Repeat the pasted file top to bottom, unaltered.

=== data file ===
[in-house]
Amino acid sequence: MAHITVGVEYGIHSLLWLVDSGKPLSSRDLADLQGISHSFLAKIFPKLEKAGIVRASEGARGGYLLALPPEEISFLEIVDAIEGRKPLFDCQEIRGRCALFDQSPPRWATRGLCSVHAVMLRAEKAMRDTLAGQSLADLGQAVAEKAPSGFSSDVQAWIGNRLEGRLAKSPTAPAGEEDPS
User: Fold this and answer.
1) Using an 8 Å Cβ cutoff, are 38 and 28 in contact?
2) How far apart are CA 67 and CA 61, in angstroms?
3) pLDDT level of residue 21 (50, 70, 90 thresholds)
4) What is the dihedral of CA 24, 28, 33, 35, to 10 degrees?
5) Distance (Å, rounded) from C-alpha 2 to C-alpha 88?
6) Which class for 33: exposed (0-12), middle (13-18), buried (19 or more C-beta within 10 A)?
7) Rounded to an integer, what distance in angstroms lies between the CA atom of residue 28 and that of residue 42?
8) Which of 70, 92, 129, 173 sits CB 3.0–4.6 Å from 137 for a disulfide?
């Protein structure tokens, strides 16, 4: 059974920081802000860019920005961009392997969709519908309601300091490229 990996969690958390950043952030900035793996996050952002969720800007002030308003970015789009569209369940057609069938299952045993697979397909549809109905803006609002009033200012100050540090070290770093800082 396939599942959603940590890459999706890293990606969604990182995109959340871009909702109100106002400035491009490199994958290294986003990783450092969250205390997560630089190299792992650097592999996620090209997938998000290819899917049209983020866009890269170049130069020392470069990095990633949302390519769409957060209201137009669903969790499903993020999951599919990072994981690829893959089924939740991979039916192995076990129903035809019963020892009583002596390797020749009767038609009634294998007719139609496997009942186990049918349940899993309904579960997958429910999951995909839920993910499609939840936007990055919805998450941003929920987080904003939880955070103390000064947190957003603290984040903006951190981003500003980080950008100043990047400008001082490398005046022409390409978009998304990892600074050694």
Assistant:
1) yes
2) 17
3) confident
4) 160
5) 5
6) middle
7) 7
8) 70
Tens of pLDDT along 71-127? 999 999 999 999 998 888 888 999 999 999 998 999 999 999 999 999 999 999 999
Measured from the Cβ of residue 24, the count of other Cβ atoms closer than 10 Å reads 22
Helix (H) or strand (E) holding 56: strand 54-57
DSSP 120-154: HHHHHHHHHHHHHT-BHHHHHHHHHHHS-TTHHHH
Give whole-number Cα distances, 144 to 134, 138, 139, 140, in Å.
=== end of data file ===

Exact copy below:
[in-house]
Amino acid sequence: MAHITVGVEYGIHSLLWLVDSGKPLSSRDLADLQGISHSFLAKIFPKLEKAGIVRASEGARGGYLLALPPEEISFLEIVDAIEGRKPLFDCQEIRGRCALFDQSPPRWATRGLCSVHAVMLRAEKAMRDTLAGQSLADLGQAVAEKAPSGFSSDVQAWIGNRLEGRLAKSPTAPAGEEDPS
User: Fold this and answer.
1) Using an 8 Å Cβ cutoff, are 38 and 28 in contact?
2) How far apart are CA 67 and CA 61, in angstroms?
3) pLDDT level of residue 21 (50, 70, 90 thresholds)
4) What is the dihedral of CA 24, 28, 33, 35, to 10 degrees?
5) Distance (Å, rounded) from C-alpha 2 to C-alpha 88?
6) Which class for 33: exposed (0-12), middle (13-18), buried (19 or more C-beta within 10 A)?
7) Rounded to an integer, what distance in angstroms lies between the CA atom of residue 28 and that of residue 42?
8) Which of 70, 92, 129, 173 sits CB 3.0–4.6 Å from 137 for a disulfide?
């Protein structure tokens, strides 16, 4: 059974920081802000860019920005961009392997969709519908309601300091490229 990996969690958390950043952030900035793996996050952002969720800007002030308003970015789009569209369940057609069938299952045993697979397909549809109905803006609002009033200012100050540090070290770093800082 396939599942959603940590890459999706890293990606969604990182995109959340871009909702109100106002400035491009490199994958290294986003990783450092969250205390997560630089190299792992650097592999996620090209997938998000290819899917049209983020866009890269170049130069020392470069990095990633949302390519769409957060209201137009669903969790499903993020999951599919990072994981690829893959089924939740991979039916192995076990129903035809019963020892009583002596390797020749009767038609009634294998007719139609496997009942186990049918349940899993309904579960997958429910999951995909839920993910499609939840936007990055919805998450941003929920987080904003939880955070103390000064947190957003603290984040903006951190981003500003980080950008100043990047400008001082490398005046022409390409978009998304990892600074050694």
Assistant:
1) yes
2) 17
3) confident
4) 160
5) 5
6) middle
7) 7
8) 70
Tens of pLDDT along 71-127? 999 999 999 999 998 888 888 999 999 999 998 999 999 999 999 999 999 999 999
Measured from the Cβ of residue 24, the count of other Cβ atoms closer than 10 Å reads 22
Helix (H) or strand (E) holding 56: strand 54-57
DSSP 120-154: HHHHHHHHHHHHHT-BHHHHHHHHHHHS-TTHHHH
Give whole-number Cα distances, 144 to 134, 138, 139, 140, in Å.